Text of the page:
Figure 4
Figure 4. Chk1 activation is equally compromised in rad24Δ and rad9Δ cells.
Chk1 upshift assay were performed to investigate checkpoint activation for the following strains: wild type (LBy-366), sgs1Δ (LBy-372), rad9Δ (LBy-374) and rad24Δ (LBy-390). Synchronized cultures of cells were released into S phase in the presence of 0.1% of MMS and aliquots were taken at the indicated times for analysis.
Figure 5
Figure 5. The Rad53 checkpoint function of Rad9 is not required for GCR suppression and growth in the presence of MMS in cells lacking Sgs1.
(A) Illustration of the domain structure of Rad9. (B) Immunoprecipitations were conducted with extracts from the contructed rad9 7xA-HA strain (LBy-471) and the sgs1Δrad9 7xA-HA strain (LBy-472) to verify the 7xA mutations. Immunoprecipitations were performed with anti-HA antibody in the presence and absence of MMS. (C) Survival was monitored as described in Materials and Methods after 70 min exposure to different concentrations of MMS for the indicated strains: wild type (LBy-1), sgs1Δ (LBy-129), rad9Δ (LBy-316), sgs1Δrad9Δ (LBy-44), rad9 7xA (LBy-471), sgs1Δ rad9 7xA (LBy-472). (D) GCR were measured after exposure to 0.02% MMS and is shown as fold increase over wild type for the isogenic strains: sgs1Δ (LBy-388), rad24Δ (LBy-406), rad9Δ (LBy-389), rad9 7xA (LBy-473), sgs1Δ rad9 7xA (LBy-474).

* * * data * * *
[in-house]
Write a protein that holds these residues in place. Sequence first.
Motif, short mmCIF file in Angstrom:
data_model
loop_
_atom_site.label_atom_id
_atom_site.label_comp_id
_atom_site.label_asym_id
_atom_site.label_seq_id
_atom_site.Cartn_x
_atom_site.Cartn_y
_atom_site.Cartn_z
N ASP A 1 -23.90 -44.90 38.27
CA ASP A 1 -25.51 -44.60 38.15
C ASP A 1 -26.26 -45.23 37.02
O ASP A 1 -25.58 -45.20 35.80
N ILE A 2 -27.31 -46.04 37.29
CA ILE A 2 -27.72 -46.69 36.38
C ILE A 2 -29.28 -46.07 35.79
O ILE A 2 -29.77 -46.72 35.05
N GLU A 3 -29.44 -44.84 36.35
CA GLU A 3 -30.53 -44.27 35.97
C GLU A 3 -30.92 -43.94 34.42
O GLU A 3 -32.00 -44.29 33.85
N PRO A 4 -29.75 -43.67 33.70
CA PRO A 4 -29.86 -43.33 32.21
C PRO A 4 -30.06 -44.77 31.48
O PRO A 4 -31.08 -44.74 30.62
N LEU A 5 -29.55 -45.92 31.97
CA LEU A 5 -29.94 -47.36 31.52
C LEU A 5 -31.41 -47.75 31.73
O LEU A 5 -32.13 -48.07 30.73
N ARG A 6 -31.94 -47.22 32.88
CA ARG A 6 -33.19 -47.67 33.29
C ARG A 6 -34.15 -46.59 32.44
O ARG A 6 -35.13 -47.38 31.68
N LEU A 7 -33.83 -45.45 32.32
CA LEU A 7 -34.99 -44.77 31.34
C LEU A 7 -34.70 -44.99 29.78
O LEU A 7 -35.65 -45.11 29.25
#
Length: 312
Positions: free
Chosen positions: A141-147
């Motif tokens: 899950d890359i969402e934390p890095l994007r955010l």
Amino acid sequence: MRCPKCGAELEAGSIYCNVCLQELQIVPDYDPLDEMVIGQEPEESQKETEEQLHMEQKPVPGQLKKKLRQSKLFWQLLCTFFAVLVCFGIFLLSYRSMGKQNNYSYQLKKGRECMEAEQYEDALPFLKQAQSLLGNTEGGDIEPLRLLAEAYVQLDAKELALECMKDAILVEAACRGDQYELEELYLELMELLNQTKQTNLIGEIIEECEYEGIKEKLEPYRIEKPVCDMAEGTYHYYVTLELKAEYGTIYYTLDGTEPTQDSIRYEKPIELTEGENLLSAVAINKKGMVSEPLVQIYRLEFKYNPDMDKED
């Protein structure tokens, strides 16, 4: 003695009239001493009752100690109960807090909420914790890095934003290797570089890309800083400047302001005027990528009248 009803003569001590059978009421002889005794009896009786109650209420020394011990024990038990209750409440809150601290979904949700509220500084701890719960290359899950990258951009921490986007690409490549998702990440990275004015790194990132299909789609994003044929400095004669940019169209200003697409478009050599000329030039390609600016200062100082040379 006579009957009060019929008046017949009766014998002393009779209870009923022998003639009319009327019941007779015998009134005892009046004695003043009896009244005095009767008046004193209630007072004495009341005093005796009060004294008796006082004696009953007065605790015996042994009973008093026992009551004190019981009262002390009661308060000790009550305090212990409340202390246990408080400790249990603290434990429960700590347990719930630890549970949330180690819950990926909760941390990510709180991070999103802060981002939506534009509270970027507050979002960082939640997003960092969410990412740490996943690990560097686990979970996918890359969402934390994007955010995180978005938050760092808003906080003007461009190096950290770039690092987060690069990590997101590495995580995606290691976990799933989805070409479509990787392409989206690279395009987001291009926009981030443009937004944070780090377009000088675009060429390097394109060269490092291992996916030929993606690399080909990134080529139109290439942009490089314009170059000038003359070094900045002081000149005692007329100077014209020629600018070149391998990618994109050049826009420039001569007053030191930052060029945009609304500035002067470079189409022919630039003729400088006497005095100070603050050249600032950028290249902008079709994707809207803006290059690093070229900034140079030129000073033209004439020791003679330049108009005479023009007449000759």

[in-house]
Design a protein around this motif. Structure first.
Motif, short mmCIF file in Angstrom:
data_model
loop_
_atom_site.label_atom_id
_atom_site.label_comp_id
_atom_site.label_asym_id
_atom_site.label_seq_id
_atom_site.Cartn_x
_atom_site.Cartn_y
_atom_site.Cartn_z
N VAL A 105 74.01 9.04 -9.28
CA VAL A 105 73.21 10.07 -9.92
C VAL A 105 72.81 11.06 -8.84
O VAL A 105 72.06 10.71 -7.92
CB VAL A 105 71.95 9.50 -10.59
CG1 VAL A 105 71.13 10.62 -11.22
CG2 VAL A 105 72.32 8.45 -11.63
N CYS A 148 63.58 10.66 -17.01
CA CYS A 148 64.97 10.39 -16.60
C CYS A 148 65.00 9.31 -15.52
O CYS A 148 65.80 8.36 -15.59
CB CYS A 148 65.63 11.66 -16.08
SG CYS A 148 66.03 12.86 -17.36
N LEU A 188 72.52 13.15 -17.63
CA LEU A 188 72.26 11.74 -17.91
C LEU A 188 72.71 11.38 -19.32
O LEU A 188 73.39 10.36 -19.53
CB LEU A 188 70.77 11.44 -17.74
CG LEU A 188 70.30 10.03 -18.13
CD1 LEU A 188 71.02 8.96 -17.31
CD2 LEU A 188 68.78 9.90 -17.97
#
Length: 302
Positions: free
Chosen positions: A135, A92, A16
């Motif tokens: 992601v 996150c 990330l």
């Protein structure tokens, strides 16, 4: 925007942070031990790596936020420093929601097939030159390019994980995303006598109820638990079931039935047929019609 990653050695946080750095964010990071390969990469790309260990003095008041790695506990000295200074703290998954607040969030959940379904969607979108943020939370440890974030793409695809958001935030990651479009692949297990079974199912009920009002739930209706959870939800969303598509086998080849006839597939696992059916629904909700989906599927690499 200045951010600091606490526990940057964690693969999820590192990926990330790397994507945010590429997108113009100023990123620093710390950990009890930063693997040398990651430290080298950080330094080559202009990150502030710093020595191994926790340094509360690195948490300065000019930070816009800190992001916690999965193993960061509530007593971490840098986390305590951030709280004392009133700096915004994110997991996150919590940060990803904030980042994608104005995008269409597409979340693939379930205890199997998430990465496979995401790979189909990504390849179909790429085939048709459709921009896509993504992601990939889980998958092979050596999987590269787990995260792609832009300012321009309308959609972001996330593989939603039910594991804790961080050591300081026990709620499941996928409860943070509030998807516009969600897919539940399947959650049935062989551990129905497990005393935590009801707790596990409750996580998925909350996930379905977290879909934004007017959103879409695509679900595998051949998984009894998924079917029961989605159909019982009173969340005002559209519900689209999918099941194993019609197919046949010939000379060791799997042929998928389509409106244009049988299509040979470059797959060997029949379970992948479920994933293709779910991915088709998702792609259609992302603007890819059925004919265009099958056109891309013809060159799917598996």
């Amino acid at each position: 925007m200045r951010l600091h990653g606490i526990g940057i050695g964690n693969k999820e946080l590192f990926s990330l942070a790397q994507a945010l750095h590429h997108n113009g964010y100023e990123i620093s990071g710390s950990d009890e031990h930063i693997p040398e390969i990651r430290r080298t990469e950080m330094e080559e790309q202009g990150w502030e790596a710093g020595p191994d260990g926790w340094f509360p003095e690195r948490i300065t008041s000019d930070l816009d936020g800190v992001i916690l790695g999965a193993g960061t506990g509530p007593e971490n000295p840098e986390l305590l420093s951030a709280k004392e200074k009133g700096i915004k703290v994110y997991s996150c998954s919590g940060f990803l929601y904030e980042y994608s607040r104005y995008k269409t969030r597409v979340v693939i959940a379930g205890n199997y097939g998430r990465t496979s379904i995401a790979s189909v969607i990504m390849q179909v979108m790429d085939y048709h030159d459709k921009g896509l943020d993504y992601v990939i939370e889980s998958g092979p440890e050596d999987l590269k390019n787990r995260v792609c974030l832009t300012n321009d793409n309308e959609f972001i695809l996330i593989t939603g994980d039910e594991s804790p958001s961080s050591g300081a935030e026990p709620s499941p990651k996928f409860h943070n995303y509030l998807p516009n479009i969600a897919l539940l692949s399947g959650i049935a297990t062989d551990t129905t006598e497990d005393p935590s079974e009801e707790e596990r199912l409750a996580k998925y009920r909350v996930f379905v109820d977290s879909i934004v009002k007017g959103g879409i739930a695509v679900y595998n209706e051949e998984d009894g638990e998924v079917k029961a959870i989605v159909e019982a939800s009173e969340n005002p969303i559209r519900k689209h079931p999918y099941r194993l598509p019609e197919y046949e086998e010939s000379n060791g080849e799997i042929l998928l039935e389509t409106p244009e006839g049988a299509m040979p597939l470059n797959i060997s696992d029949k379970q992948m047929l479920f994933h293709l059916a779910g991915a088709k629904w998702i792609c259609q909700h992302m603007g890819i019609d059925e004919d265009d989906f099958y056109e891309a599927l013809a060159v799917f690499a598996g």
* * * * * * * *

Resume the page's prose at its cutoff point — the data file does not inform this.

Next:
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References

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Grant support

This work was supported by grants from the Danish Research Council (FNU 272-07-0366), and Aase og Einar Danielsens Foundation to L.B., and the Danish Cancer Society to A.H.A. and L.B. I.B.B. is supported by the Lundbeckfoundation (53/06). S.M.G. was supported by a Swiss Cancer League grant. The funders had no role in study design, data collection and analysis, decision to publish, or preparation of the manuscript.